Rings of Power

Prime Video
TRF services
Country of production
New Zealand

The Rebel Fleet Drives Innovation on The Lord of the Rings: The Rings of Power
Unprecedented Complexity Prompts Efficiency Breakthroughs

The Context

In the week following it debut on September 1, The Lord of the Rings: The Rings of Power was seen by an estimated 25 million viewers in the first week, and that number has since exceeded 100 million. While the tale reaches back 1000 years earlier than the events depicted in Tolkien’s iconic trilogy, the production itself pushed filmmaking relentlessly into the future. The production of eight episodes was mounted over the course of two pandemic-interrupted years, and included the design and construction of facilities and procedures that will be used on future seasons.

From the very start of preproduction through delivery, The Rebel Fleet, the New Zealand-based workflow experts, played a crucial role in the execution. Using The Rebel Fleet’s custom software platform, Konsol, the company took the workflow to a new level of integration, streamlining and automating the gathering of precise and universal metadata and meshing those process with collaboration tools like Qtake, Moxion and ShotGrid. Furthermore, they ensured consistency of color and other image information across the entire production and post process to create smooth and well-informed collaboration across all departments, bridging post, editorial and visual effects even as the shoot unfolded.

Given the unprecedented size and complexity of the undertaking, the potential gains in efficiency and the attendant creative flexibility were deemed worthy of the additional effort. It’s a symbiotic relationship: ambitious projects relentlessly drive innovation, and innovation makes such projects possible.

“Each department used specific cutting-edge technologies to achieve their facet of the mosaic,” says The Rebel Fleet CEO Michael Urban. “We see our job as helping to blend those facets – blurring the boundaries between departments so that the final product reflects a unified vision – in other words, compelling entertainment.”

Amazon would take some of their first steps into end-to-end production as a studio on the project. Post supervisor Jake Rice, a veteran of two decades in post, saw the job as an opportunity to design and implement a global, technology-forward philosophy. He worked with visual effects master and overall producer Ron Ames on designing an approach.

“Ron and I wanted to do everything in the cloud, and to completely integrate dailies onset, metadata capture, visual effects and post – and we knew we’d need partners to do that,” says Rice. “Amazon gave us their blessing, along with unlimited cloud storage and a team of people from their tech vision and content security to help us.”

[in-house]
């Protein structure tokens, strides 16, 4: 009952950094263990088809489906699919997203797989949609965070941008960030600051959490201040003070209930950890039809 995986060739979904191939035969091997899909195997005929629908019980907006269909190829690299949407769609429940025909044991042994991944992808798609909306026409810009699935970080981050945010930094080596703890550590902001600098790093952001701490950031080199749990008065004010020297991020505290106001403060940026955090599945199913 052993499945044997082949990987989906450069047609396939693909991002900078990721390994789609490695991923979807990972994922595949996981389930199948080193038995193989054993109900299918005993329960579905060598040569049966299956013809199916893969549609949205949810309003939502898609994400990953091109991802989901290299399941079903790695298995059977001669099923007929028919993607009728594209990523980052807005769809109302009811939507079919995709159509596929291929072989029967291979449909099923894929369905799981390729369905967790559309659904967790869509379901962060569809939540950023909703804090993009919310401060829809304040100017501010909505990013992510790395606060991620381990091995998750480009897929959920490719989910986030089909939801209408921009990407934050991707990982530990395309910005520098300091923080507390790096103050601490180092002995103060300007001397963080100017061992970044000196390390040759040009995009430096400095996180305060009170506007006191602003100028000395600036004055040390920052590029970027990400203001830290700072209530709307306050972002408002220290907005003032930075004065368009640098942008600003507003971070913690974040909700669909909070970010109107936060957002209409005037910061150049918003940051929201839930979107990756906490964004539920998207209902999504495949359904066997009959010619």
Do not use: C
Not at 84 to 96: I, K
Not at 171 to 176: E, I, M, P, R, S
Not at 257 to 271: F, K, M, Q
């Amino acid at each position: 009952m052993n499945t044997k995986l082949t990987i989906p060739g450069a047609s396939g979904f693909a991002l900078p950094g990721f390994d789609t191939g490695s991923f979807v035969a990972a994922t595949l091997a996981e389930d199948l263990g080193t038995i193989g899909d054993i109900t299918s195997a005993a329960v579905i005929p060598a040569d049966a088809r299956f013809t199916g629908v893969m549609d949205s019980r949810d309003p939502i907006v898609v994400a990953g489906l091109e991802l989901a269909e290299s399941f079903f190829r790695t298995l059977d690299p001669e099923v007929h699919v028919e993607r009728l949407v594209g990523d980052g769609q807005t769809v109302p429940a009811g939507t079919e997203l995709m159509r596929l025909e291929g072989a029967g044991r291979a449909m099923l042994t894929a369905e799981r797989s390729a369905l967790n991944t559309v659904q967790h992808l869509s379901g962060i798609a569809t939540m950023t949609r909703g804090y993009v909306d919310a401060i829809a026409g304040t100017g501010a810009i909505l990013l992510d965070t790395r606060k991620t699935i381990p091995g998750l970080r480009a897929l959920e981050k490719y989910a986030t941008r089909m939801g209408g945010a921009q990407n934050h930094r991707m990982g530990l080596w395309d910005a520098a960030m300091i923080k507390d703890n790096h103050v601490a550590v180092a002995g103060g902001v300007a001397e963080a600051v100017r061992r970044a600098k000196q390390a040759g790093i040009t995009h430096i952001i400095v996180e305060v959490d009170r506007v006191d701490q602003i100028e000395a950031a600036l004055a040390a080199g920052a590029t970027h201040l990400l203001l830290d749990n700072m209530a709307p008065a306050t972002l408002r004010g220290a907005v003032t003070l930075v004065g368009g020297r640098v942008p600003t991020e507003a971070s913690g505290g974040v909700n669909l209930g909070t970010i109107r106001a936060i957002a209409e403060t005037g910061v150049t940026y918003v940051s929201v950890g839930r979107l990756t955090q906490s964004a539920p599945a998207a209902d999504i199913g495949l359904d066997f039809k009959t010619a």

Rice and Ames saw that the camera capture process, still rooted in film procedures, could be antiquated and was ripe for improvement. “We felt that if every shot was going to be VFX, we really needed to harness this,” says Rice. “We need to be aware of everything that’s going on while the cameras are rolling.”

Around that time, they met with Mike Urban and The Rebel Fleet, who were to handle DIT , video assist, onset dailies and cloud archive, integrating with the directors of photography.

“We just dove in together, and soon we were friends,” says Rice. “The Rebel Fleet were people I could throw ideas and challenges at every step of the way, and they were game – more than any other company I’d ever worked with. Not only were they thrilled to work in their own country on a project like Rings of Power – they were also happy to be working with partners who weren’t just going to write the PO and expect them to go and figure it out for them. We wanted to develop solutions that would truly streamline and elevate the process. That’s exciting for anyone working in a tech-intensive field.”

The Solution

Nine months prior to the shoot, the team began developing Konsol, The Rebel Fleet’s metadata collation and management toolset – one system to rule them all, to coin a phrase. The result is Konsol, the Rebel Fleet’s metadata collation and management toolset.

“Every department needed to be on board with how we were going to capture this info and bring it into the VFX team, and how they were going to realize it,” says Rice. “Then you ask what you’re going to need on the set. We knew that Qtake, a tool that most people use for video playback, has a lot more capability. We needed ways to input the X, Y and Z axes of the camera, and where and how it moves. Lens size, shape, aperture changes, day, time, take, character, number, color value, light color and placement. Can we harness all this data and not just throw it away? The Rebel Fleet developed all these fields of valuable information. For example, green screen overlay sources were added, so the director could comp in and envision the eventual background. We wanted to track that element so we’d know exactly what it was going to be.”

These supplemental files are critical for the visual effects team. Without LIDAR scans, the witness camera, the script, and 3D models, the job is nearly impossible, or at least extremely time-consuming. Nothing kills creativity like having to wait.